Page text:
• Losing the discursive battle but winning the ideological war: who holds Thatcherite values now?

      Farrall, Stephen; Gray, Emily; Jones, Philip Mike; Hay, Colin; University of Derby; Sciences Po, Center for European Studies and Comparative Politics, Paris, France (Sage, 2021-02-02)
      In what ways, if at all, do past ideologies shape the values of subsequent generations of citizens? Are public attitudes in one period shaped by the discourses and constructions of an earlier generation of political leaders? Using Thatcherism – one variant of the political New Right of the 1980s – as the object of our enquiries, this paper explores the extent to which an attitudinal legacy is detectable amongst the citizens of the UK some 40 years after Margaret Thatcher first became Prime Minister. Our paper, drawing on survey data collected in early 2019 (n = 5,781), finds that younger generations express and seemingly embrace key tenets of her and her governments’ philosophies. Yet at the same time, they are keen to describe her government’s policies as having ‘gone too far’. Our contribution throws further light on the complex and often covert character of attitudinal legacies. One reading of the data suggests that younger generations do not attribute the broadly Thatcherite values that they hold to Thatcher or Thatcherism since they were socialised politically after such values had become normalised.
    • Major events programming in a city: Comparing three approaches to portfolio design.

      Antchak, Vladimir; Pernecky, Tomas; University of Derby; Auckland University of Technology (Cognizant Communication Corporation, 2017-11-08)
      Event portfolio design is increasingly important from both academic and industry perspectives. The purpose of this article is to discuss and conceptualize the strategic process of event portfolio planning and development in different urban contexts in New Zealand. A qualitative multiple case study was conducted in three cities: Auckland, Wellington, and Dunedin. Primary data were collected by interviewing city event planners from city councils and relevant council controlled organizations. Secondary data were obtained by the analysis of the relevant documents, including city event policies and strategies, annual reports, statements, and activity plans. Thematic analysis revealed the existence of distinctive portfolio approaches in the studied cases, which can be compared and differentiated by applying the following parameters: Formality, Intentionality, Directionality, and Rhythmicity. Together, these parameters represent a "built-in equalizer" that can be used to balance the opposing values of diverse approaches and adjust them within current city objectives. The article provides a rich and broad context, which enables an understanding of the strategic nature of event portfolios and their implementation within a wider city development agenda.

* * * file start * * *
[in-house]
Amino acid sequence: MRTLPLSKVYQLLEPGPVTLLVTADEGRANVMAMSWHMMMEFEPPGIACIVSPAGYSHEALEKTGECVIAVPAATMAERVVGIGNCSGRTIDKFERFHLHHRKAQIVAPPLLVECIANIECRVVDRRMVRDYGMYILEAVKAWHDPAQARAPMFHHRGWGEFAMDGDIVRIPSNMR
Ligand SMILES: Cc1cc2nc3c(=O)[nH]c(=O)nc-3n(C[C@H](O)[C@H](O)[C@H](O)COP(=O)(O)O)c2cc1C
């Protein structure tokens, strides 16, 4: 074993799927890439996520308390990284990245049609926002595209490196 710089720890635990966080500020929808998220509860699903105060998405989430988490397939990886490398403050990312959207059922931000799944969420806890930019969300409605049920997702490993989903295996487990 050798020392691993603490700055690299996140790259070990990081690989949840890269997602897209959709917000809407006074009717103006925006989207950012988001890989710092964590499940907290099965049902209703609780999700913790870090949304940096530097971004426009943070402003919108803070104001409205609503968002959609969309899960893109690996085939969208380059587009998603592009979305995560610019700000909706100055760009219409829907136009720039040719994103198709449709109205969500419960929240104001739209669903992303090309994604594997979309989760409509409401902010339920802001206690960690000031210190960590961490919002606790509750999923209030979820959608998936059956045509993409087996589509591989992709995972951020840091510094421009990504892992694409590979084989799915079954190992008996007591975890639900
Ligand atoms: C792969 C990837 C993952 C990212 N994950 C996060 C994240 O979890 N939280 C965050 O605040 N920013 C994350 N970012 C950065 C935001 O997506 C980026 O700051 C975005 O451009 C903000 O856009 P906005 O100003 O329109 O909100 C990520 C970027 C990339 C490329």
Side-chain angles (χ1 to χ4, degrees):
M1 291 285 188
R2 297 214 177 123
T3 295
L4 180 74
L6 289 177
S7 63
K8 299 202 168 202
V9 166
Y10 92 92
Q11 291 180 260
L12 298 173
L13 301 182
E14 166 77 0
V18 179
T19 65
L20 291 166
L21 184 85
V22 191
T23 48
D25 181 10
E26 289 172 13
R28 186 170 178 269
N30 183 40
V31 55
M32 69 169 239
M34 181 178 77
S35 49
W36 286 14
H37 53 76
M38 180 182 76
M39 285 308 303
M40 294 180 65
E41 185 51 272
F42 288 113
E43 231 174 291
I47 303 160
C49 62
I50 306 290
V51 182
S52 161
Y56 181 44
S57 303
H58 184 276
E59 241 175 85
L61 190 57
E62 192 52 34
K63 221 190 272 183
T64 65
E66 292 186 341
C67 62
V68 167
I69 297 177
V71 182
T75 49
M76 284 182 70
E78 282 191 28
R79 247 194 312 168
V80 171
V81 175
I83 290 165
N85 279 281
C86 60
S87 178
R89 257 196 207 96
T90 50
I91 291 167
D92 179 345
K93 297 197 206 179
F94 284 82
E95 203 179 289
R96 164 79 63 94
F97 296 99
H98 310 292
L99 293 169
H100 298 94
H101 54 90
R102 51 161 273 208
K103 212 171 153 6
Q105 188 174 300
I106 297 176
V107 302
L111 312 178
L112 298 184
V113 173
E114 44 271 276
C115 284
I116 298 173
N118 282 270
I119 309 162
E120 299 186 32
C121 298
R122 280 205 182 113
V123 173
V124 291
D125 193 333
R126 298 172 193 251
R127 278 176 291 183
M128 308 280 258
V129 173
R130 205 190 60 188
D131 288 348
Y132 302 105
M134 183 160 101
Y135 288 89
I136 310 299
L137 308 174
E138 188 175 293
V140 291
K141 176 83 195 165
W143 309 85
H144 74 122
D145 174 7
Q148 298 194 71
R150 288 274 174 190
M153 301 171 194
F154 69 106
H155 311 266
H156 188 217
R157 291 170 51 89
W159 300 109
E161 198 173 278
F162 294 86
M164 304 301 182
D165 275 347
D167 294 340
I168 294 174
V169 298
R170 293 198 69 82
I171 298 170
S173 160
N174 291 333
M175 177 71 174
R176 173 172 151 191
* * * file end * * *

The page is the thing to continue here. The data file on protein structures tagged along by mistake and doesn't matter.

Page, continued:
• Management Practices for the Development of Religious Tourism Sacred Sites: Managing expectations through sacred and secular aims in site development; report, store and access

      Wiltshier, Peter; Griffiths, Maureen; University of Derby (Dublin Institute of Technology, 2016)
      Through a distillation of practices reflective of the extant literature and socio-economic approaches to inclusive development of sites of religious experiences and worship, we posit that there are seven core conceptual approaches to support evolving site management needs. Therefore, developing sites of special significance necessarily requires the dissemination and sharing of both intellectual and practical contributions to meet those needs in a planned and stakeholder-driven approach. Traditional approaches to development emerged half a century ago with a focus on core competencies and the agreed understanding that open and fair competition would raise quality and assure reasonable profit margins. Creating awareness of services and products and mapping those to our marketing practices are the first two tools in the toolkit. Analysis and synthesis through primary research enables cleric and manager to grasp visitors’ and worshippers’ needs and develop audiences for sites. Fourthly we present the importance of maintenance and plans for developing sites to accommodate factors in both internal and external environments that acknowledge the requirement to remain competitive. Next, the importance of networks, grappling with the wider community and perhaps establishing a wider, even global, reach, is appraised as important. In seeking to tap into resources traditionally not employed in managing religious and pilgrimage sites we elevate the need for an enterprise culture (this enterprise culture is seen in the other papers in this special issue). The final offer includes dimensions of volunteering, nontraditional support networks, altruism and philanthropy which we name as ‘the third way'.